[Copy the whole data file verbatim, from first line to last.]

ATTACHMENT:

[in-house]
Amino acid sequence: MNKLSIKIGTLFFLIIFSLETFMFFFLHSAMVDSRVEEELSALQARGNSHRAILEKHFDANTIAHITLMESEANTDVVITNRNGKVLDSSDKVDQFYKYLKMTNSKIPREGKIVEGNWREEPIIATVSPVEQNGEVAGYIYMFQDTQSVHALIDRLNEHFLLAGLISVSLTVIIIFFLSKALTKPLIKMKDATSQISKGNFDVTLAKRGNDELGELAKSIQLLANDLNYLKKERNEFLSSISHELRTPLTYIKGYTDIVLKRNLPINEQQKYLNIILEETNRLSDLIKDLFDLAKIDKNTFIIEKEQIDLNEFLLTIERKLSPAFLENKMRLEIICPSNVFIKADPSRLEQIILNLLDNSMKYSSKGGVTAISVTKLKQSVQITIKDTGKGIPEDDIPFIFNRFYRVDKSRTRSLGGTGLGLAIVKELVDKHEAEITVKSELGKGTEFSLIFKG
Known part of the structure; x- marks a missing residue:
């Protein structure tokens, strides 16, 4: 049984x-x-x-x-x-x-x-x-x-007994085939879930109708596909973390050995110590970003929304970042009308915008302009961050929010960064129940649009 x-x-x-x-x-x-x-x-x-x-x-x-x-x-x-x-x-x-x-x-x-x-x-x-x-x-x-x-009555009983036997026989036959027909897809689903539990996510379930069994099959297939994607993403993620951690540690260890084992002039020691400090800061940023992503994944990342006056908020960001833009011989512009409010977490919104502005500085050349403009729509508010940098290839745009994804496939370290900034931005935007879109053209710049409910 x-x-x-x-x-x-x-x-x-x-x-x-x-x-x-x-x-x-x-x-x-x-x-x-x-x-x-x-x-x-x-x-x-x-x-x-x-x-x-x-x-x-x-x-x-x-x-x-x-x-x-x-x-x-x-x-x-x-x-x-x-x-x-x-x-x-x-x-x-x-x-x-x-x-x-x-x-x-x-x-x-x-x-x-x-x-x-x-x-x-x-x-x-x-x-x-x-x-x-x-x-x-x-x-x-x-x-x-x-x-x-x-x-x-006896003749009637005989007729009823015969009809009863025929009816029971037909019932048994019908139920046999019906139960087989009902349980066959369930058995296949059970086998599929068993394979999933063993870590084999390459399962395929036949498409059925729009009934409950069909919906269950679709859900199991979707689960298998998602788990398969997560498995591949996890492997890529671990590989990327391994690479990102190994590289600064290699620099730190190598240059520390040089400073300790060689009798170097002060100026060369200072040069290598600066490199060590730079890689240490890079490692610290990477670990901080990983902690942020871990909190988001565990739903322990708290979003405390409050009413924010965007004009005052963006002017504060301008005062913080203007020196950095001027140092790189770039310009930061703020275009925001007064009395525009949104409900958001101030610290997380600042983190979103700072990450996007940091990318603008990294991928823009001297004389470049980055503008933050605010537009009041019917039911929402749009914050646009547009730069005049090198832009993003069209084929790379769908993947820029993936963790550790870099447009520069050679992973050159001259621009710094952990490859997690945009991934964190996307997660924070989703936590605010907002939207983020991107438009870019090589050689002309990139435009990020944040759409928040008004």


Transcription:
[in-house]
Amino acid sequence: MNKLSIKIGTLFFLIIFSLETFMFFFLHSAMVDSRVEEELSALQARGNSHRAILEKHFDANTIAHITLMESEANTDVVITNRNGKVLDSSDKVDQFYKYLKMTNSKIPREGKIVEGNWREEPIIATVSPVEQNGEVAGYIYMFQDTQSVHALIDRLNEHFLLAGLISVSLTVIIIFFLSKALTKPLIKMKDATSQISKGNFDVTLAKRGNDELGELAKSIQLLANDLNYLKKERNEFLSSISHELRTPLTYIKGYTDIVLKRNLPINEQQKYLNIILEETNRLSDLIKDLFDLAKIDKNTFIIEKEQIDLNEFLLTIERKLSPAFLENKMRLEIICPSNVFIKADPSRLEQIILNLLDNSMKYSSKGGVTAISVTKLKQSVQITIKDTGKGIPEDDIPFIFNRFYRVDKSRTRSLGGTGLGLAIVKELVDKHEAEITVKSELGKGTEFSLIFKG
Known part of the structure; x- marks a missing residue:
């Protein structure tokens, strides 16, 4: 049984x-x-x-x-x-x-x-x-x-007994085939879930109708596909973390050995110590970003929304970042009308915008302009961050929010960064129940649009 x-x-x-x-x-x-x-x-x-x-x-x-x-x-x-x-x-x-x-x-x-x-x-x-x-x-x-x-009555009983036997026989036959027909897809689903539990996510379930069994099959297939994607993403993620951690540690260890084992002039020691400090800061940023992503994944990342006056908020960001833009011989512009409010977490919104502005500085050349403009729509508010940098290839745009994804496939370290900034931005935007879109053209710049409910 x-x-x-x-x-x-x-x-x-x-x-x-x-x-x-x-x-x-x-x-x-x-x-x-x-x-x-x-x-x-x-x-x-x-x-x-x-x-x-x-x-x-x-x-x-x-x-x-x-x-x-x-x-x-x-x-x-x-x-x-x-x-x-x-x-x-x-x-x-x-x-x-x-x-x-x-x-x-x-x-x-x-x-x-x-x-x-x-x-x-x-x-x-x-x-x-x-x-x-x-x-x-x-x-x-x-x-x-x-x-x-x-x-x-006896003749009637005989007729009823015969009809009863025929009816029971037909019932048994019908139920046999019906139960087989009902349980066959369930058995296949059970086998599929068993394979999933063993870590084999390459399962395929036949498409059925729009009934409950069909919906269950679709859900199991979707689960298998998602788990398969997560498995591949996890492997890529671990590989990327391994690479990102190994590289600064290699620099730190190598240059520390040089400073300790060689009798170097002060100026060369200072040069290598600066490199060590730079890689240490890079490692610290990477670990901080990983902690942020871990909190988001565990739903322990708290979003405390409050009413924010965007004009005052963006002017504060301008005062913080203007020196950095001027140092790189770039310009930061703020275009925001007064009395525009949104409900958001101030610290997380600042983190979103700072990450996007940091990318603008990294991928823009001297004389470049980055503008933050605010537009009041019917039911929402749009914050646009547009730069005049090198832009993003069209084929790379769908993947820029993936963790550790870099447009520069050679992973050159001259621009710094952990490859997690945009991934964190996307997660924070989703936590605010907002939207983020991107438009870019090589050689002309990139435009990020944040759409928040008004």